The exclamation "Why, I never!" is a well-worn exclamation (I think more common in Britain than in the US?), often used to express indignation upon having been accused of something.

The structure of the sentence suggests that this exclamation is a contraction of something like "Why, I never [verb]!" or "Why, I never have [verbed]!". I know that there may not be a canonical verb in the original sentence that was contracted to give this exclamation, but I was wondering what possibilities might exist.

(It's worth noting that it is difficult to search for this exclamation, because it tends to be swamped by unrelated constructions like "Why I never walk alone at night" and things like that.)

  • Why, I (have) never (the thought is offensive)! Jan 11, 2014 at 4:56
  • I might say this in mock indignation, then after a short pause add "well, I sometimes...". Timing. It's, like, everything. (-:
    – Jim Mack
    Jan 11, 2014 at 13:15

4 Answers 4


Based on its usage, I would take it as a shortening of something like:

Why, I never heard something so (outrageous|shocking|rude|etc) before in my life!"

I'm accustomed to the phrase as a response of indignation in the face of behavior that is seen as inappropriate to one degree or another.

  • Is it a question? Dec 15, 2015 at 15:25
  • 1
    I've never seen the phrase "Why, I never!" used as a question, no. "Why" is being used as an interjection.
    – asfallows
    Dec 16, 2015 at 16:14

It's more commonly "Well, I never!" rather than "Why, I never!"

The OED says it's British and along with "Well, I never did!" may be a shortening of an earlier phrase such as "Well, I never was so surprised!" and I imagine "Well, I never heard/saw such a thing!" also fits the bill.

Their first quotation of "Well, I never" is from 1836 but I found an earlier one from December 29, 1832 in a short story called "Quite Beyond Belief" by Mrs. George Crookshank published in The Maids, Wives, and Widows' Penny Magazine, and Gazette of Fashion (No. 10, Vol. I).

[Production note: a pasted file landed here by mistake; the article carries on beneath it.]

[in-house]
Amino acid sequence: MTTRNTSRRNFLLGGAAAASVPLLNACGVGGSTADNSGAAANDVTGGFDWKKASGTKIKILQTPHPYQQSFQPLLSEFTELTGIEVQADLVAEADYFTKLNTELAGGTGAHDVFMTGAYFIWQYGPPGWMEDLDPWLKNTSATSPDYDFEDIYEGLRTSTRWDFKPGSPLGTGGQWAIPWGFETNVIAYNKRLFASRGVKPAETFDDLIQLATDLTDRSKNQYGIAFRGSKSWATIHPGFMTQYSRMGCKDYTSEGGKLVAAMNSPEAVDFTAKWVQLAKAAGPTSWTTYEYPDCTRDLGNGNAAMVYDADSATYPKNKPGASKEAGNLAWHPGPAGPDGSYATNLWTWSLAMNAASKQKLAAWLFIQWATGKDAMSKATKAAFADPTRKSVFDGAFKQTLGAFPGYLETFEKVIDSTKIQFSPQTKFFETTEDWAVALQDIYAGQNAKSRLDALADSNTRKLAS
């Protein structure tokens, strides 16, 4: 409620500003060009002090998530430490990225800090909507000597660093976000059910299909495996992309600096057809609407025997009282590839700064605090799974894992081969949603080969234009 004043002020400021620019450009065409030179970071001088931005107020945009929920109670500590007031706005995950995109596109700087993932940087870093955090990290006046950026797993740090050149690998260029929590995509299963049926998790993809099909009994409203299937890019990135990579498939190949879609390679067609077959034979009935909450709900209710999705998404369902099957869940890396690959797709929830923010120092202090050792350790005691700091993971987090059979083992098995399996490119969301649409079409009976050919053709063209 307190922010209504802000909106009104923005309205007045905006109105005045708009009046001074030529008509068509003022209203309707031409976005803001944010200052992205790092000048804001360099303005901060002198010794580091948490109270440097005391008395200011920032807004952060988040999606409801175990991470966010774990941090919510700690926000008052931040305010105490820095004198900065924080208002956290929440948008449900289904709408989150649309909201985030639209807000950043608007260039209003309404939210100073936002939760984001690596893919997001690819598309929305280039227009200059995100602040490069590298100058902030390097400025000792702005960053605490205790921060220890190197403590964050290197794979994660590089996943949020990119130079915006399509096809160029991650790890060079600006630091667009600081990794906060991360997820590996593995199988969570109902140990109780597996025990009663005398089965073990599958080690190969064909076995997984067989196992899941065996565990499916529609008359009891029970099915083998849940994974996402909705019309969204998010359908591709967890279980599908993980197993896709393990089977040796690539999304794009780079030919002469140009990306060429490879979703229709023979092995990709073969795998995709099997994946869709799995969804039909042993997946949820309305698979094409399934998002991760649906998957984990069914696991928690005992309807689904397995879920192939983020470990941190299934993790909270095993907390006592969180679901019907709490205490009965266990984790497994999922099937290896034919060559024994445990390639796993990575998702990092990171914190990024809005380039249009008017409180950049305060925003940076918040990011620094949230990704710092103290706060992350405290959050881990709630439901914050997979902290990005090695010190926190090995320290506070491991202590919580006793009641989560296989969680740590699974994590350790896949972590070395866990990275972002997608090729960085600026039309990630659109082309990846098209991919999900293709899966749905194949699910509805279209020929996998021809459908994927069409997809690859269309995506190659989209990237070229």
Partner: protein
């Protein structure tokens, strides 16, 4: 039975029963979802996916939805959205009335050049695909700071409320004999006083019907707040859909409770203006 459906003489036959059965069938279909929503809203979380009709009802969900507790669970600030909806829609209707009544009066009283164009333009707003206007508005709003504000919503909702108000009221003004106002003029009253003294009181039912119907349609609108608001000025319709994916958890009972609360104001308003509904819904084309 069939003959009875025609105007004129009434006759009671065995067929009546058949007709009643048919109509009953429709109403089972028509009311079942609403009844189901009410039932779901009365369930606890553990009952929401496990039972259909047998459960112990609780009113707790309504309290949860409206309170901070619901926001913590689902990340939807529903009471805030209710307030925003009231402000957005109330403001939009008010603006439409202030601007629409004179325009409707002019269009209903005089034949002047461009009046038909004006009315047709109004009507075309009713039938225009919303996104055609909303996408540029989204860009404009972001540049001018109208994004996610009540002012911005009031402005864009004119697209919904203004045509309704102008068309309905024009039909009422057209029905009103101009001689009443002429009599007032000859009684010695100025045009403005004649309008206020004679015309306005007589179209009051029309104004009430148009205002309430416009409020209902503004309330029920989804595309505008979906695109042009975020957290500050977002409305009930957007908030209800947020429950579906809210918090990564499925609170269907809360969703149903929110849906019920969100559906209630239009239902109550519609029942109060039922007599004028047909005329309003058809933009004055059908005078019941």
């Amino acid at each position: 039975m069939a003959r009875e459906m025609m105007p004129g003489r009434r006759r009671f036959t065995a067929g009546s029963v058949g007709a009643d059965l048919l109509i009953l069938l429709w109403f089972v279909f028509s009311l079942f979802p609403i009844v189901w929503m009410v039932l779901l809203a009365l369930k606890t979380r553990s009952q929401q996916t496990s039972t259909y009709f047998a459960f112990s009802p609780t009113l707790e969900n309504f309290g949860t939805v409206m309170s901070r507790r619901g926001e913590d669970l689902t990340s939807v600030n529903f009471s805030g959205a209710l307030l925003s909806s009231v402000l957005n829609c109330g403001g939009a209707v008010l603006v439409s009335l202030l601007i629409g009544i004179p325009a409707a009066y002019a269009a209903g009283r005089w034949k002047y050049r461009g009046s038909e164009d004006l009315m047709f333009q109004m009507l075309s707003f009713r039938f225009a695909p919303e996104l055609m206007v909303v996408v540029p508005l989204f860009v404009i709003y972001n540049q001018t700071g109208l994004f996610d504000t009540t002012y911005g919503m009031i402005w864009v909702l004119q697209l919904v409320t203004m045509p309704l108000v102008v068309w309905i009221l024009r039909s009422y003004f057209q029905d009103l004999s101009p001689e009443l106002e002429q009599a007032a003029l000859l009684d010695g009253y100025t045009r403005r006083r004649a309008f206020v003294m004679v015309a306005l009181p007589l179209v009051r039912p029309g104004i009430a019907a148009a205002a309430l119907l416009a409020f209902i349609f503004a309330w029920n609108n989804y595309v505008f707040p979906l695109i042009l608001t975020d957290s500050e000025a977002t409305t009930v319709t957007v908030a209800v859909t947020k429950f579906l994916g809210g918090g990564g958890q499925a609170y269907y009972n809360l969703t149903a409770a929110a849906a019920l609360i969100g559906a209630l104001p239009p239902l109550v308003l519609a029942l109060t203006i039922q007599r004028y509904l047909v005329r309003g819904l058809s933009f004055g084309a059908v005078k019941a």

It's a good one as it's one of the protagonist "usual exclamations", used several times along with variations such as "Well, if ever!", "Well, did you ever?", "No, I never!", "Well it's quite beyond belief!". This suggests the phrase means "I never would believe such a thing!".

Here's the story in full (or click through to Google Books to zoom in):

"Taken possession of my carriage! Well I never," exclaimed Mrs. Dalby, pale with rage, and shaking with agitation...

Page 76

(The OED offers a parenthetical 1816 for a "Well, I never was so surprised!". This phrase can be antedated to 1777 in The School for scandal: a comedy in five acts by Richard Brinsley Sheridan: "Well, I never was so surprised in all my life!")


"Well I never" was used as a expression of surprise in the south west country of England when I grew up in the 1950's. I do not remember its use as indignation. Another similar one was "Well sop me bob" or similar - possibly a contraction of "well soft-soap me bob" which I never saw written down. Meaning disbelief. Probably related to "Bobs your uncle"


I was clouded by this very puzzle in my early teens, trying to cognise this very expression in Herge's "Tintin" comics -as uttered/spoken by the character, "Professor Curthbert Calculus".

But he went > "Well I never!". I suppose the former is just another form of "Why I never"?

Anyway my understanding was justified (back then) whenn I assumed it must've been a contraction of "Well I never 'would've!'" or "Well I never 'could!'/'could've!' or similar.

  • Maybe more common in Britain, but that fine American song from High Society uses "Well, did you evah?", to mean [I guess] "Well, did you ever see such a ...?" Nov 7, 2016 at 10:49

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